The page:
It also puts quite a big responsibility on my shoulders since the ejc is a very respected organization, internationally, and we always have to try to live up to that reputation by going for the really good stuff, not being satisfied with just the second best. It means identifying good teachers, lecturers, and industry professionals who also share this vision of excellence, and who want to share what they have learned in their professional careers with others who are just starting their journalism careers, or share experiences with those who, after having worked in the industry for some years, are now looking for new challenges or a new direction in their professional lives.
I must admit I feel very privileged to be the Director of this organization, since it allows me to support so many fine colleagues in their further education and to be able to play a role in enabling some serious networking amongst these professionals.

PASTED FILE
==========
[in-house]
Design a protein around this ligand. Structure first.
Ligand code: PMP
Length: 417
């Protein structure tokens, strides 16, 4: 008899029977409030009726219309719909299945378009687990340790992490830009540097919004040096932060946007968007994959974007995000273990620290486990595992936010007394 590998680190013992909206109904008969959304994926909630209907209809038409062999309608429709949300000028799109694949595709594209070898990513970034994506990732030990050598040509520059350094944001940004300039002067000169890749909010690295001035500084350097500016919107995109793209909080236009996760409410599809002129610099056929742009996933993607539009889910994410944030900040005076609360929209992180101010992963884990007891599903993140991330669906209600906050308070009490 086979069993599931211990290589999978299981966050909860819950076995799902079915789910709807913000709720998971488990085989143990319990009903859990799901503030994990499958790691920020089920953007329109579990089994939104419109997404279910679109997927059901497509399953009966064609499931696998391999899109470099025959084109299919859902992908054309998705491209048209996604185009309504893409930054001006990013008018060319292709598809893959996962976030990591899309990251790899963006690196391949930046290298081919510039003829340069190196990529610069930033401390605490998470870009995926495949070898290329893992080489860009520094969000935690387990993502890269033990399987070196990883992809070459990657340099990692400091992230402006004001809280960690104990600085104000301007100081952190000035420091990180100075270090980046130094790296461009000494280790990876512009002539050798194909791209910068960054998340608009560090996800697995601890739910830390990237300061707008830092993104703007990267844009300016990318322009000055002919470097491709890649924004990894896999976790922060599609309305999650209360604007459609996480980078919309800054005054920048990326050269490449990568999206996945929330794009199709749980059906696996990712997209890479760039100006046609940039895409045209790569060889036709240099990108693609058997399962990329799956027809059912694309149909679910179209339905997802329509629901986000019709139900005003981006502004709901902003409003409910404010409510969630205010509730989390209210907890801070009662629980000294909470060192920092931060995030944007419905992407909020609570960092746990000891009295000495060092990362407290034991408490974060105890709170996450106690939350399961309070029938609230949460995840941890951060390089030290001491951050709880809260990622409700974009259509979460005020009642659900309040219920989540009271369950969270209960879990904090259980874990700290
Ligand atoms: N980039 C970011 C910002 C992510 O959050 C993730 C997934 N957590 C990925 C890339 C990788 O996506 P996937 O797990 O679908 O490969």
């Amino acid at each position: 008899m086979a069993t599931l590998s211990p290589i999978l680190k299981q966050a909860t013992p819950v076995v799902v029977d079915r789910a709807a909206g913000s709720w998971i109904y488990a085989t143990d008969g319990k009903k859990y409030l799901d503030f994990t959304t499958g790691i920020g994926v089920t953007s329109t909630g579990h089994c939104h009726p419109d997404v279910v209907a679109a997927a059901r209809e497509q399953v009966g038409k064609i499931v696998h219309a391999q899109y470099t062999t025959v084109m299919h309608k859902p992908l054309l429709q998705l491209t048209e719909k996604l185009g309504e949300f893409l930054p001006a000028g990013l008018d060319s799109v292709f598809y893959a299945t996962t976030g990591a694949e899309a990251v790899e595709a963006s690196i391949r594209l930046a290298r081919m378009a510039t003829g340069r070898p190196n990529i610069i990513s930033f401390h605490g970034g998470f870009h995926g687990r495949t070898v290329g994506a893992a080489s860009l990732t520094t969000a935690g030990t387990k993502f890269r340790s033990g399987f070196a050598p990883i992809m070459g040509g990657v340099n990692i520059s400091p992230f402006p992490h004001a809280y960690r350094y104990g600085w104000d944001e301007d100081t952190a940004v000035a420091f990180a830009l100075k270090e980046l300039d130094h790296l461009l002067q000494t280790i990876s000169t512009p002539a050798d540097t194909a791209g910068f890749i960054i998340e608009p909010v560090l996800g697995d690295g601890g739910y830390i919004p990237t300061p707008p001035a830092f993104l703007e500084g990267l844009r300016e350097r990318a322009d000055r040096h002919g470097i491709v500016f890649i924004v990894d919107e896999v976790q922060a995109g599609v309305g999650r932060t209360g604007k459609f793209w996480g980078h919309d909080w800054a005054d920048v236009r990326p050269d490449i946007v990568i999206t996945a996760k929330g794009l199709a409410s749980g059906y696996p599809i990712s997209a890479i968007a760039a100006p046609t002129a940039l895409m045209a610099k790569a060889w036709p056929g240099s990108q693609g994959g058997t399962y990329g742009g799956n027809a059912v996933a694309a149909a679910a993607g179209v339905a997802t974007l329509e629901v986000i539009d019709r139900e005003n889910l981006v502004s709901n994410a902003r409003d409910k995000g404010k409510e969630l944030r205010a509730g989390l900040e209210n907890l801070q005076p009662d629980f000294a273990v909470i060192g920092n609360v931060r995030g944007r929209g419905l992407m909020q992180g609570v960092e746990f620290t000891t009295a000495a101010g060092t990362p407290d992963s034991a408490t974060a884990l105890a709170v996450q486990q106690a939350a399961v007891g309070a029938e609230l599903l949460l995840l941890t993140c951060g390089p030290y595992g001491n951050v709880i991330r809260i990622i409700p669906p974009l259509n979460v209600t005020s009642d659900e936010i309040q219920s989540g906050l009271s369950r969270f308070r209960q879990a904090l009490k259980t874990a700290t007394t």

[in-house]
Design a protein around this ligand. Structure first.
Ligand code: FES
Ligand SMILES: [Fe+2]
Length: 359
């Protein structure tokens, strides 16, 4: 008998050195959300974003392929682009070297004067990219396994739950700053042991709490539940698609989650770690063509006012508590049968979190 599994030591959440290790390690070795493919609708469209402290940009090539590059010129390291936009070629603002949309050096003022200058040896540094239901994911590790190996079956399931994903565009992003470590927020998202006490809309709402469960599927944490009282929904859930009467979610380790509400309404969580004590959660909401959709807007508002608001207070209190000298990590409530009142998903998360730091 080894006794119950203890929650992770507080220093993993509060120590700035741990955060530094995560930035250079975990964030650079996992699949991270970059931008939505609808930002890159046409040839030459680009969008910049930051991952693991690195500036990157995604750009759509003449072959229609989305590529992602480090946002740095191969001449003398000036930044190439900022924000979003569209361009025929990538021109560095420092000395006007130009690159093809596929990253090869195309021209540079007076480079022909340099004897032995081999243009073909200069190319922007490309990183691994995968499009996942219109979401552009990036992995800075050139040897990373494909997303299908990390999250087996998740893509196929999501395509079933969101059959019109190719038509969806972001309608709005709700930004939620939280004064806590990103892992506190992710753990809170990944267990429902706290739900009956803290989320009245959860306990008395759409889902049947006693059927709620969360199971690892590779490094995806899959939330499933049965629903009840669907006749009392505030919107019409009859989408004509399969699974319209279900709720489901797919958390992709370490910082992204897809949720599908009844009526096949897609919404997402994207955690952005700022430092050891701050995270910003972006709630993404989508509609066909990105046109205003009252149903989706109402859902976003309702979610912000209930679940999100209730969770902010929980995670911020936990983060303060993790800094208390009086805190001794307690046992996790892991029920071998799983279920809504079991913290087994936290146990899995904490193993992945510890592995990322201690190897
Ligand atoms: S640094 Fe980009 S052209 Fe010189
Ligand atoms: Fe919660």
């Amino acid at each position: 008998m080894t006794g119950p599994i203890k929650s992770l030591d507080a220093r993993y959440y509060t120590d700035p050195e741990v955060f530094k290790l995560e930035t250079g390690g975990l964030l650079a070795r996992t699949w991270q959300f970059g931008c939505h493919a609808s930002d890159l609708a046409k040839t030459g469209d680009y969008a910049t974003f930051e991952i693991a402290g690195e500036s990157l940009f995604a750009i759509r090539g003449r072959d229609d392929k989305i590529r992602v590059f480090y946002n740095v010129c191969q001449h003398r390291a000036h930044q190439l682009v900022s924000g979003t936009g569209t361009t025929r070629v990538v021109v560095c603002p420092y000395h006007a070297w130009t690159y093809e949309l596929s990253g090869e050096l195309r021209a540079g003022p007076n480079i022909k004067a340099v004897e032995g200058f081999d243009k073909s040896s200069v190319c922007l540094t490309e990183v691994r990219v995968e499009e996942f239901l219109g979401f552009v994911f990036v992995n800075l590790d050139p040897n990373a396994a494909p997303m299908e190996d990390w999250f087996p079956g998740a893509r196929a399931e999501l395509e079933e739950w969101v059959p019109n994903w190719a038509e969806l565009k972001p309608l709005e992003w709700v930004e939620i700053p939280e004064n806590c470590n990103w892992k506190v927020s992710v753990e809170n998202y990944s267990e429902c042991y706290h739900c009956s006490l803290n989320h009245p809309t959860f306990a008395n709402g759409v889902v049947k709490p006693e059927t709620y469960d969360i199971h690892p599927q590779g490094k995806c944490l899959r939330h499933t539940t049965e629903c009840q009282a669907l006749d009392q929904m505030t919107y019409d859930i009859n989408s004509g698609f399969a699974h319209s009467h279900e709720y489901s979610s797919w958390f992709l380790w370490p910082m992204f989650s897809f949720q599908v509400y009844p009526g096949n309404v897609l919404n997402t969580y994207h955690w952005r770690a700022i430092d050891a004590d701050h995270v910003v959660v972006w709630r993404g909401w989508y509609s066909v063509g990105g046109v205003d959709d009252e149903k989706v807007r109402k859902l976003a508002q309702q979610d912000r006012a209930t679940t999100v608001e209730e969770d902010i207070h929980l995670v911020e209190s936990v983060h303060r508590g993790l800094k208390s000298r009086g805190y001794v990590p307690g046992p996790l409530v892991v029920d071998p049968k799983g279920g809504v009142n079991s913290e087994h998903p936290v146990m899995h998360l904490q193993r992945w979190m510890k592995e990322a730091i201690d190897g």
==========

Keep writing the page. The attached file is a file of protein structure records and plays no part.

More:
Q: What is the primary role of the centre in the EU?
The primary role of the European Journalism Centre is to help educate journalists on complex issues such as the workings of the European Union, convergence (as the integration of text, audio and video in publications on the web) and innovation systems, and the roles the different actors play in that innovation space.
Moreover, we see ourselves also as an institution interested in, and doing serious research about, the future of media, but also about issues such as good media governance and the future of copyright.
We target journalists working in traditional environments such as the print and broadcasting industries, but we want to better reach out to citizen journalists, to bloggers and video journalists and to all those media workers whose job descriptions still have to be invented.
Q: What is your worst nightmare?
A: This must be my dentist, really. He just extracted three teeth and has hinted that another four (!) will probably have to go. Apart from that I see more opportunities than dangers in (my) life. As the saying goes in my native city of Cologne: "so far things have always worked out'.
Q: Can journalists play an active role in the development of a future society?